Doctor works to plant the 'palliative care' seed

Mar 26, 2013

Modern medicine is full of innovation.

It can extend life in ways once thought impossible, but those breakthroughs come at great cost and potential risk.

Dr. Fitz Blake believes the future of medicine lies in returning to the core of the doctor-patient relationship.

Dr. Blake is a Michigan physician well versed in the fast pace of the emergency room.

He’s shocked people back to life, set broken bones, and stabilized gunshot victims.  Blake is imposing.  He’s built like a linebacker, and speaks in a deep baritone voice.  
 
He says his traditional medical training taught him and other doctors like him how to identify disease, do procedures, and select the right medicines.  But he’s troubled by what current medical training doesn’t seem to emphasize as much, it’s what health policy experts refer to as “patient centered care.”

“Patients and families need to be able to make informed decisions, and the only way they can make informed decisions is if someone sits down and takes the time with them to educate them about what’s going on as far as their disease and prognosis,” Blake said.

Blake’s quest, to treat the whole patient and not just the problem, is not just professional, it's personal.

His mother was diagnosed with cancer when he was only ten years old.  He remembers his family trying to shield him.  He also remembers how a new team of doctors that treated his mother influenced his current outlook on medical care.

“There were physicians who I noticed on her team that kind of came in and gave a different approach," Blake recalls, "It seemed to me they were more focused on what they could do for her rather than what they could do to her.”

The distinction Blake makes between “for her” and “to her” is significant.  It represents a shift in the dominant medical culture to more actively involve patients in the medical decision-making process.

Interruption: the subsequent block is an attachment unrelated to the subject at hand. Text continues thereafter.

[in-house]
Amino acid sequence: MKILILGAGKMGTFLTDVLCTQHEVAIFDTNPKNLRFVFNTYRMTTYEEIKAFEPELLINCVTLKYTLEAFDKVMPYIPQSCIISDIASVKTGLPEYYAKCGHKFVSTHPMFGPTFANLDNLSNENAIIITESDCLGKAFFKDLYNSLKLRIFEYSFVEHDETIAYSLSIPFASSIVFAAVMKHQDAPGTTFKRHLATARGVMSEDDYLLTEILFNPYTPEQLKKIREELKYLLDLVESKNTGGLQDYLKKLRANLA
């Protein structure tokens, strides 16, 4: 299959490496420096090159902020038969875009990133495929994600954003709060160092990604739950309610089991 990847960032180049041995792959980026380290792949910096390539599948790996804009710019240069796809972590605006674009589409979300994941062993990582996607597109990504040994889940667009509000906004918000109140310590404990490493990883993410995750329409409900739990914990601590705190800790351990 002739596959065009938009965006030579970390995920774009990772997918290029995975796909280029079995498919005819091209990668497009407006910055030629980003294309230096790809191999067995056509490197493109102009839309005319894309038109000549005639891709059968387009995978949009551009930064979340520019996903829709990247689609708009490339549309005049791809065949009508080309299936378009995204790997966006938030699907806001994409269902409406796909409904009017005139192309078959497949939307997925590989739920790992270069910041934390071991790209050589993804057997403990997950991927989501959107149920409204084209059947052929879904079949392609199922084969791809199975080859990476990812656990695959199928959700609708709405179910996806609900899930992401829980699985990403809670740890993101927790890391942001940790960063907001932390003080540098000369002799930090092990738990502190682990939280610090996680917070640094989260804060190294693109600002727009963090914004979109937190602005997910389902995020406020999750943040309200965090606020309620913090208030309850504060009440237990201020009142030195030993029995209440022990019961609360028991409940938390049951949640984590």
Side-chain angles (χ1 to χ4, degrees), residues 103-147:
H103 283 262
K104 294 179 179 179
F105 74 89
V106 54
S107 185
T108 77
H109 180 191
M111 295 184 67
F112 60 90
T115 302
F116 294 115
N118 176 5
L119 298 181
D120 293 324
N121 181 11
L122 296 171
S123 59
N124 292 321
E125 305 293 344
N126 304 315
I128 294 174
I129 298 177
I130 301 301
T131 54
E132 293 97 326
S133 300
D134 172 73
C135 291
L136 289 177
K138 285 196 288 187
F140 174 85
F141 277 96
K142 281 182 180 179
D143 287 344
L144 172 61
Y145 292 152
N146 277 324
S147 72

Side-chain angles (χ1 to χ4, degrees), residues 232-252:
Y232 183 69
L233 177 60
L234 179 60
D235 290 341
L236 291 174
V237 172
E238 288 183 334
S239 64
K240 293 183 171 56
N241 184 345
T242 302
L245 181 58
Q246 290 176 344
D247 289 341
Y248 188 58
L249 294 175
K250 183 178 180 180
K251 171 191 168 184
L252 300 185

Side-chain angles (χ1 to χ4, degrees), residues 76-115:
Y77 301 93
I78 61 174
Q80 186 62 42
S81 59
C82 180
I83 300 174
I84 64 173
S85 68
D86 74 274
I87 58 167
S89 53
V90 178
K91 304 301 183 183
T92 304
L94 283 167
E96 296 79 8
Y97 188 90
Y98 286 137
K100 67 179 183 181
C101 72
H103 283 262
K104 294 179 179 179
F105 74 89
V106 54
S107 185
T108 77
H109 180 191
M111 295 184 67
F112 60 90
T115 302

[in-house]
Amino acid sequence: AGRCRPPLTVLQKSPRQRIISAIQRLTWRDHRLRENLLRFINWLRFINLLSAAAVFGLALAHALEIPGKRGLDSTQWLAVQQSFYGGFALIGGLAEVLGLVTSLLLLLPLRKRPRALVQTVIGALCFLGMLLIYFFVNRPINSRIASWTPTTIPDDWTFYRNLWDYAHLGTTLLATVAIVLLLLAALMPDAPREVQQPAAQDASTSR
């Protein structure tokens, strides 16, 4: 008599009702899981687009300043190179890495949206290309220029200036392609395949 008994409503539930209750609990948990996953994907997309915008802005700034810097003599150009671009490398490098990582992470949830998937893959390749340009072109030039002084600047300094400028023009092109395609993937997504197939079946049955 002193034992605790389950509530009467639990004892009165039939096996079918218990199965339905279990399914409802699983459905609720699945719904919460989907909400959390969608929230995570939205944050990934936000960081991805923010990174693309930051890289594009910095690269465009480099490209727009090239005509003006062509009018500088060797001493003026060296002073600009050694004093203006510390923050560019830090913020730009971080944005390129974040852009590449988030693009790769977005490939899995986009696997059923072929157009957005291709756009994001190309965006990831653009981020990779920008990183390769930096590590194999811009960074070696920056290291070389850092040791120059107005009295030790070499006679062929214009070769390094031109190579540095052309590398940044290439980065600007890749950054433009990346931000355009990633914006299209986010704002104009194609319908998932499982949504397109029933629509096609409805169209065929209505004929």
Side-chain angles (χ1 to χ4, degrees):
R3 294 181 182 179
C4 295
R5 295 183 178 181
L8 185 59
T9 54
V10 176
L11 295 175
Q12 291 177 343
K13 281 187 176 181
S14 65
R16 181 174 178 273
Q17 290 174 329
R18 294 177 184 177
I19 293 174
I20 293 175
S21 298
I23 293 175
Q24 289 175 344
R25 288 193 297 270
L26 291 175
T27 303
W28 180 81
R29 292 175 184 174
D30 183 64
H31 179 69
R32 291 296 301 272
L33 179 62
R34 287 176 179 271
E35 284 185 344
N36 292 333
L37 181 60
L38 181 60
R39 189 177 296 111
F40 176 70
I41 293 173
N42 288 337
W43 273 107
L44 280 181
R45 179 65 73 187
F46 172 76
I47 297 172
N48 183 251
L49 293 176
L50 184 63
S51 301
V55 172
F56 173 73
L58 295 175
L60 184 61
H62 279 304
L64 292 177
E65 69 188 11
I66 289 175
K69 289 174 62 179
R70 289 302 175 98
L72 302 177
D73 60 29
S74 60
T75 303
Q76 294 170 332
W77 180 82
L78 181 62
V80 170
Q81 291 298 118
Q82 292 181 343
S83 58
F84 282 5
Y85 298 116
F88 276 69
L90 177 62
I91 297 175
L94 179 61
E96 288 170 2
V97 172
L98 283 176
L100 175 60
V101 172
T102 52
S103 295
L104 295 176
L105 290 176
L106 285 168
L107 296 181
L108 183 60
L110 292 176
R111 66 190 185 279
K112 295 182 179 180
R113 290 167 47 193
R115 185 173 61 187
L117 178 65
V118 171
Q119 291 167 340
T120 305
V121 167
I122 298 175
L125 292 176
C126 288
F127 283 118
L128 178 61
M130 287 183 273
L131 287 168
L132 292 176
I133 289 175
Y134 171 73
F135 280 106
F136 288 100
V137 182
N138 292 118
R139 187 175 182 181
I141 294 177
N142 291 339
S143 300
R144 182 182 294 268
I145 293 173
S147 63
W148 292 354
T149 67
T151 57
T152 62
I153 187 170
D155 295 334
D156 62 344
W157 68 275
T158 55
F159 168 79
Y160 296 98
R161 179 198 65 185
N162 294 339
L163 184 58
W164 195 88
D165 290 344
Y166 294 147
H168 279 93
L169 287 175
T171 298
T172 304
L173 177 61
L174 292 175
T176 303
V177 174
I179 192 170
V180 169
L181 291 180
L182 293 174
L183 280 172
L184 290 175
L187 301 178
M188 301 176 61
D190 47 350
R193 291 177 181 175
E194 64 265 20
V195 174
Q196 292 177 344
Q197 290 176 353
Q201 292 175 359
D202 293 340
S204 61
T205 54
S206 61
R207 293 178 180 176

What’s at stake are concerns about patient’s rights, medical harm, and the skyrocketing costs of health care.  Blake believes this attitude is not yet part of mainstream medical training.  

In the case of Blake’s mother, his family opted not to continue chemotherapy and instead focus aggressively on her quality of life.

“There was a peace that I saw that kind of came over my mother and my family once we kind of changed the approach and direction to her care,” Blake said.

So now, after 7-plus years of medical training, Blake has once again set out to learn how to provide this kind of peace to others.

He took the unconventional step of pursuing a Palliative Medicine fellowship at the University of Michigan.  It’s a fast growing medical specialty designed to relieve patient suffering.  Palliative Medicine providers act as medical consultants and are paid like other medical specialists.  

Blake now spends each day talking with patients, families, and other health care providers.

His goal is to answer, in a very personal way, the difficult questions that patients like Amy Berman have.  She was diagnosed with metastatic breast cancer two years ago, and faced the tough choice about whether to pursue chemotherapy that would not provide a cure.

“We need to know exactly what’s being done before it’s done to us," said Berman. "We need to know likely the course of events of the disease, we need to know what the treatments are going to be, we need to know what the treatments are going to cost, how they’ll make us feel in the short run, what’s the likely benefit in the long run.”

When Blake returns to his full-time emergency medicine career, he will face difficult questions from his colleagues about whether providing palliative care in the E.R. setting is feasible, especially when they are flooded with patients and time is at a premium.  

Blake says the E.R. is a great place to plant the palliative care seed, and there is plenty of opportunity to improve communication. “I try to educate my peers that our days are certainly busy and hectic but if we take that time, I believe outcomes will be better for our patients.”

- Dr. Nishant Sekaran, Michigan Radio Newsroom

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